Cogs in the wheel

The whole issue of organ trade must be looked at holistically and with an eye to stopping it permanently


Editorial June 06, 2018

It is extremely distressing to learn that Pakistani gangs continue to serve as important cogs in the wheels of the international racket involving the illegal sale of human organs. The Federal Investigation Agency has busted a four-member gang that was immersed from head to toe in the unlawful and unethical practice. The agency’s timely intervention revealed an elaborate scheme stretching tens of hundreds of miles and crossing into the expanse of China and India. Members of the gang would take both recipients and donors to either of those neighbouring countries for a hefty fee. The sheer extent of their operations is staggering. Over a period of time, the gang sent as many as 40 recipients and donors to New Delhi and Beijing, respectively.

While it may not be too difficult to put the emergency brakes on these practices by nabbing the gang behind it, the whole issue of organ trade must be looked at holistically and with an eye to stopping it permanently. There are many other accomplices in this racket and each of them must be smoked out and punished for their actions. However, no clampdown on the illegal trade in human organs is possible without international collaboration and action.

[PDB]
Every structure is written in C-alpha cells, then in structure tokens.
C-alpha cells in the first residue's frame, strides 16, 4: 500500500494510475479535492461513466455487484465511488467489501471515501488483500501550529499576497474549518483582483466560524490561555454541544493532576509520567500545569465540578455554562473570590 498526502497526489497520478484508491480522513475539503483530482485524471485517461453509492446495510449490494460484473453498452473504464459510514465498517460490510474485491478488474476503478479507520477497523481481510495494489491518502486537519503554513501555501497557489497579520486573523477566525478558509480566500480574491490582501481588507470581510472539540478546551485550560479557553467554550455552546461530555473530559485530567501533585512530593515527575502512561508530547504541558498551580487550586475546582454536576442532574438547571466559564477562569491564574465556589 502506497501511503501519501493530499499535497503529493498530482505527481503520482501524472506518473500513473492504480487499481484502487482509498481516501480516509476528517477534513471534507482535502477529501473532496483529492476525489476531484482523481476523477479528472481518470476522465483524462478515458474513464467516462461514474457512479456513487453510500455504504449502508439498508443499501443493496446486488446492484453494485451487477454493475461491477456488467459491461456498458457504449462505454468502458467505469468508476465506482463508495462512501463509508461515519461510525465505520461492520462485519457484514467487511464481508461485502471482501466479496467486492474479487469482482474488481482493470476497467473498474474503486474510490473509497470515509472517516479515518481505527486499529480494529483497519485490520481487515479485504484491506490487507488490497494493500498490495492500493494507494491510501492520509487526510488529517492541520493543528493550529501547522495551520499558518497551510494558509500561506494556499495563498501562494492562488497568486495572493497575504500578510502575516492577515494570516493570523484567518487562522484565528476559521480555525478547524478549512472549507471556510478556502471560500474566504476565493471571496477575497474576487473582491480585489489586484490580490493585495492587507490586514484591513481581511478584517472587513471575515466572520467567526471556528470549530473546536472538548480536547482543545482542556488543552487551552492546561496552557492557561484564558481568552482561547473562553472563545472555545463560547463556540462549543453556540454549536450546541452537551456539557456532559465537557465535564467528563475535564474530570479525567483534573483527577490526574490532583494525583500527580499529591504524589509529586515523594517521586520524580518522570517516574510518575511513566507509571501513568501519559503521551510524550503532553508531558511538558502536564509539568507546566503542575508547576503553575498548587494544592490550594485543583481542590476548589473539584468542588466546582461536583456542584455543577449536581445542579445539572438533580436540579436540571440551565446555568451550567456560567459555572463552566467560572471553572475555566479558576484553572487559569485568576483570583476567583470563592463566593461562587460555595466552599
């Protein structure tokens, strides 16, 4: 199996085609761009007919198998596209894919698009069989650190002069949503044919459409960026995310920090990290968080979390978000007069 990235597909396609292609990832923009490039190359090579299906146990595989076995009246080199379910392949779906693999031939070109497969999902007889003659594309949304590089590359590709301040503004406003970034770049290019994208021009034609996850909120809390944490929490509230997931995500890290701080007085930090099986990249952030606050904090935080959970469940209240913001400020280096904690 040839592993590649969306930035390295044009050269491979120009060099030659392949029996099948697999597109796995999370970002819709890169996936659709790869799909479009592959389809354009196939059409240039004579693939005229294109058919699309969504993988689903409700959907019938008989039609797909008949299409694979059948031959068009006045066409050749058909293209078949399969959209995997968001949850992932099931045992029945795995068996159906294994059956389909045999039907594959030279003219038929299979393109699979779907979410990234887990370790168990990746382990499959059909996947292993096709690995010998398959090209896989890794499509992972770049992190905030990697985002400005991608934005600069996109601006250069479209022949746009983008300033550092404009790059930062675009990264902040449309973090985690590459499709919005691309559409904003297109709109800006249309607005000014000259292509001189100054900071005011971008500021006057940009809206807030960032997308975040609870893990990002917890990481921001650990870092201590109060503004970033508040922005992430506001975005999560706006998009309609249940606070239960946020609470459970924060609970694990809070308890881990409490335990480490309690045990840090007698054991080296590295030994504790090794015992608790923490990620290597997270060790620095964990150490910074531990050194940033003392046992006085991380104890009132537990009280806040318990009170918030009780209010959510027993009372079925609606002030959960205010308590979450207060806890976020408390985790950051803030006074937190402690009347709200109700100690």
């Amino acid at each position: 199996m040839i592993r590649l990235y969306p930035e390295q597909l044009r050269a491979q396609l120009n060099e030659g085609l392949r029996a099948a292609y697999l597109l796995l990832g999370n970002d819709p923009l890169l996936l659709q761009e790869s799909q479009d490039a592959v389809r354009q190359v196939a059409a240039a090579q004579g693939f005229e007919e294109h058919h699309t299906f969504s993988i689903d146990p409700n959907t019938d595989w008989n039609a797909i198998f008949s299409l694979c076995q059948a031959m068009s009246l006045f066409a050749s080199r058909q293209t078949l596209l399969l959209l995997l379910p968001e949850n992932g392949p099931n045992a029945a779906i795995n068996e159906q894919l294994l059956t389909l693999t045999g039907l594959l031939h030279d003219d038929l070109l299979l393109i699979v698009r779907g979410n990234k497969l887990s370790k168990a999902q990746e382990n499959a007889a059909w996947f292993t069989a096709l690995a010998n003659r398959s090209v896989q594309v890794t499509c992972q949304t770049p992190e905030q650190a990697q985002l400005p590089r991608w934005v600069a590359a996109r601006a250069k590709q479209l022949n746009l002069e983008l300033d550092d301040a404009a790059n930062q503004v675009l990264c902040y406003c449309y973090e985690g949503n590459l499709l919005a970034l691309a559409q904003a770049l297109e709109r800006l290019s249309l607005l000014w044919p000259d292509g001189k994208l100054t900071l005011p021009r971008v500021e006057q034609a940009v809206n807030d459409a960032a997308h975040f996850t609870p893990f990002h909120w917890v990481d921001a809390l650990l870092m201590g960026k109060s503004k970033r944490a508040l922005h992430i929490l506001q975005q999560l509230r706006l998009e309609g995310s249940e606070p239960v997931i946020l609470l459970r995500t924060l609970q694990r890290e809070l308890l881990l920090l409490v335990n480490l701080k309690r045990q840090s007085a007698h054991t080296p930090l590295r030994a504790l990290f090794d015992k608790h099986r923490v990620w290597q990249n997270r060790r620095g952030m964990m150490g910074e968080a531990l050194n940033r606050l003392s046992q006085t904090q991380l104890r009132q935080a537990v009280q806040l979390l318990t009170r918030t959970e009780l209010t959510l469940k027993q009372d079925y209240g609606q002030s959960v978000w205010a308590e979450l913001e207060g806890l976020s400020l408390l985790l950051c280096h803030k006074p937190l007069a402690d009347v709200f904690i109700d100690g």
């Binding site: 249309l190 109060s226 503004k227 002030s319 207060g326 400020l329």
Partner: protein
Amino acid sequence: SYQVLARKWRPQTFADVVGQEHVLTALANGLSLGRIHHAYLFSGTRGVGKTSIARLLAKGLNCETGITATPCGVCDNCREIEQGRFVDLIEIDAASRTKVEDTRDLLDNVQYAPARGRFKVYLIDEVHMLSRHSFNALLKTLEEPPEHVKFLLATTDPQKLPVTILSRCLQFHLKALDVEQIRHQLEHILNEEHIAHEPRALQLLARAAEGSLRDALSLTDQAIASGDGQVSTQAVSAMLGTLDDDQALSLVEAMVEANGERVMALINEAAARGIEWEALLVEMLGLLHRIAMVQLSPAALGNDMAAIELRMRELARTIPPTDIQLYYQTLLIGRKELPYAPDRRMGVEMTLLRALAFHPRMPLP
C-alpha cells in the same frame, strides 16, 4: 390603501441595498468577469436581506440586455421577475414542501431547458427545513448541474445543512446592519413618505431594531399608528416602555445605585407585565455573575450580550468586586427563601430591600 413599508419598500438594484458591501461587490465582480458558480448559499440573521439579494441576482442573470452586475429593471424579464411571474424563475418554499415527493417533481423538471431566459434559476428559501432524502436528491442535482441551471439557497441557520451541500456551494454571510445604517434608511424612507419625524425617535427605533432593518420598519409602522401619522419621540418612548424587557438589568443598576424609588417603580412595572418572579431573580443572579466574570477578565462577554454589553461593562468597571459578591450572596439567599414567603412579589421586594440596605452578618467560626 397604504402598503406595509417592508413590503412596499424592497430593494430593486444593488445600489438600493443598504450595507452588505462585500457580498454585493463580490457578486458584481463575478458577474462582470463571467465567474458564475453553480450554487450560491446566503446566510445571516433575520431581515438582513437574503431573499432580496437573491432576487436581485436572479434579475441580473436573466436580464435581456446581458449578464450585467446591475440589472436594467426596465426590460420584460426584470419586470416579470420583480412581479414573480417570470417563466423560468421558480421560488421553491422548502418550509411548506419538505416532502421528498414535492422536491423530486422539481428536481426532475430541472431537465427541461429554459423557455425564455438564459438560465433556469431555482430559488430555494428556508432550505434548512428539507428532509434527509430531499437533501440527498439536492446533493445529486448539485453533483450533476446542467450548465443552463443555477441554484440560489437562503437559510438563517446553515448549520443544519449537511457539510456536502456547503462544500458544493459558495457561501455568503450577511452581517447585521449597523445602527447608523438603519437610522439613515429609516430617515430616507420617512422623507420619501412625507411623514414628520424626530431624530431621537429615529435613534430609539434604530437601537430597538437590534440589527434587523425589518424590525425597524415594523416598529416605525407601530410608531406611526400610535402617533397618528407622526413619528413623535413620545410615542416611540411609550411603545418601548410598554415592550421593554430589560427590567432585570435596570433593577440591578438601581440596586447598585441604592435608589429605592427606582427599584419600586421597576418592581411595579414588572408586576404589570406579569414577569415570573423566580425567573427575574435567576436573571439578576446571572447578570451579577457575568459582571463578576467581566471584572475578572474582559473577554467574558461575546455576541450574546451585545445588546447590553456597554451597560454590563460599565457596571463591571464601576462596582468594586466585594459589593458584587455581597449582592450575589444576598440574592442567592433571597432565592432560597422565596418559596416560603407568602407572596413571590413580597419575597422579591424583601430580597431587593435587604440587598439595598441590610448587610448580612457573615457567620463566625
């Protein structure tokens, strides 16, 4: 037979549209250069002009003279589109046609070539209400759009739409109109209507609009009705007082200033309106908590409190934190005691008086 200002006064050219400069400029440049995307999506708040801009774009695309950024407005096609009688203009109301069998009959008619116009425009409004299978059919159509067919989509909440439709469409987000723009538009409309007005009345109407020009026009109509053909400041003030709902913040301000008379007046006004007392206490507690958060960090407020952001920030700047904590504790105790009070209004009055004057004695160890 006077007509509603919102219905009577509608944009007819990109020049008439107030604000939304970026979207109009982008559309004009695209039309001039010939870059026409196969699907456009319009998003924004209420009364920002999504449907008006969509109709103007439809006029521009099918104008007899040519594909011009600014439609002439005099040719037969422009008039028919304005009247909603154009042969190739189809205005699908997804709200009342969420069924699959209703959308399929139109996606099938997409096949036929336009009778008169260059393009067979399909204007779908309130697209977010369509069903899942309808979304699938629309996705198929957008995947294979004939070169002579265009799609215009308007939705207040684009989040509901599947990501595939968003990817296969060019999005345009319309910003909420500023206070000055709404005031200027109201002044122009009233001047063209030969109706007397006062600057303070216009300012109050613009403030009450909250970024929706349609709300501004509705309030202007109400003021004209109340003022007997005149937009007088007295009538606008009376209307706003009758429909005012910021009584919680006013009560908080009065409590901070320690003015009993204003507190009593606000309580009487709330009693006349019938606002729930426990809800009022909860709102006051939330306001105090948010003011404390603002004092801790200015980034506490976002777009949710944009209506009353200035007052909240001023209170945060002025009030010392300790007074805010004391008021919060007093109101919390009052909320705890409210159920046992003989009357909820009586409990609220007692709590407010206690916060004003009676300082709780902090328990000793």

Since a raft of forged documents such as birth certificates, affidavits, family registration certificates as well as fake attestations are needed for organ trade, it is important to ensure utter scrupulousness in all government and private documentation matters.

One of the most effective ways to discourage the commercial sale of organs and tissue is to get the state, medical practitioners and healthcare providers to promote donation of organs to be harvested from persons certified as brain dead in accordance with internationally-accepted protocols. Pakistan could also do with national and provincial registries that would set up a database and bank of organ donors as well as potential recipients.

Published in The Express Tribune, June 6th, 2018.

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